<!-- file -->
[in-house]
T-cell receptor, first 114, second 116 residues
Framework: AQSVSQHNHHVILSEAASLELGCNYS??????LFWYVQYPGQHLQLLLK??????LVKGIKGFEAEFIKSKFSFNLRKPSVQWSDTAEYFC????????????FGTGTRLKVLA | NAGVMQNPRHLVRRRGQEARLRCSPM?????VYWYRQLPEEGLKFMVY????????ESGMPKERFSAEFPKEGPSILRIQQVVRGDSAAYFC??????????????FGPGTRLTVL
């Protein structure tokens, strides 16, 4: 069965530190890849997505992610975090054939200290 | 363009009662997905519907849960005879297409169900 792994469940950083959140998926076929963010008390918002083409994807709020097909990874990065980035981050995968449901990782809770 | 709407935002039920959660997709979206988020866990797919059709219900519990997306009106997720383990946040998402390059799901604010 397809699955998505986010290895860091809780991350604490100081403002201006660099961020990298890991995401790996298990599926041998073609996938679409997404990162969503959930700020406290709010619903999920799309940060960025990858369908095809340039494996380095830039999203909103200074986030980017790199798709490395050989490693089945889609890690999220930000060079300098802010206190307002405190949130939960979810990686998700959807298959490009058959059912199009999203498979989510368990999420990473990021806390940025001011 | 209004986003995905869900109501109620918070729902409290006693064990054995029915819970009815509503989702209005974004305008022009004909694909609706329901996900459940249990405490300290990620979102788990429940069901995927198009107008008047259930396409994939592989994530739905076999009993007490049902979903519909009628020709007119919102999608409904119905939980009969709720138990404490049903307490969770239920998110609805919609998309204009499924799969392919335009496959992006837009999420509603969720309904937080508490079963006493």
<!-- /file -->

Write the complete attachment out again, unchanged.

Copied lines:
[in-house]
T-cell receptor, first 114, second 116 residues
Framework: AQSVSQHNHHVILSEAASLELGCNYS??????LFWYVQYPGQHLQLLLK??????LVKGIKGFEAEFIKSKFSFNLRKPSVQWSDTAEYFC????????????FGTGTRLKVLA | NAGVMQNPRHLVRRRGQEARLRCSPM?????VYWYRQLPEEGLKFMVY????????ESGMPKERFSAEFPKEGPSILRIQQVVRGDSAAYFC??????????????FGPGTRLTVL
């Protein structure tokens, strides 16, 4: 069965530190890849997505992610975090054939200290 | 363009009662997905519907849960005879297409169900 792994469940950083959140998926076929963010008390918002083409994807709020097909990874990065980035981050995968449901990782809770 | 709407935002039920959660997709979206988020866990797919059709219900519990997306009106997720383990946040998402390059799901604010 397809699955998505986010290895860091809780991350604490100081403002201006660099961020990298890991995401790996298990599926041998073609996938679409997404990162969503959930700020406290709010619903999920799309940060960025990858369908095809340039494996380095830039999203909103200074986030980017790199798709490395050989490693089945889609890690999220930000060079300098802010206190307002405190949130939960979810990686998700959807298959490009058959059912199009999203498979989510368990999420990473990021806390940025001011 | 209004986003995905869900109501109620918070729902409290006693064990054995029915819970009815509503989702209005974004305008022009004909694909609706329901996900459940249990405490300290990620979102788990429940069901995927198009107008008047259930396409994939592989994530739905076999009993007490049902979903519909009628020709007119919102999608409904119905939980009969709720138990404490049903307490969770239920998110609805919609998309204009499924799969392919335009496959992006837009999420509603969720309904937080508490079963006493």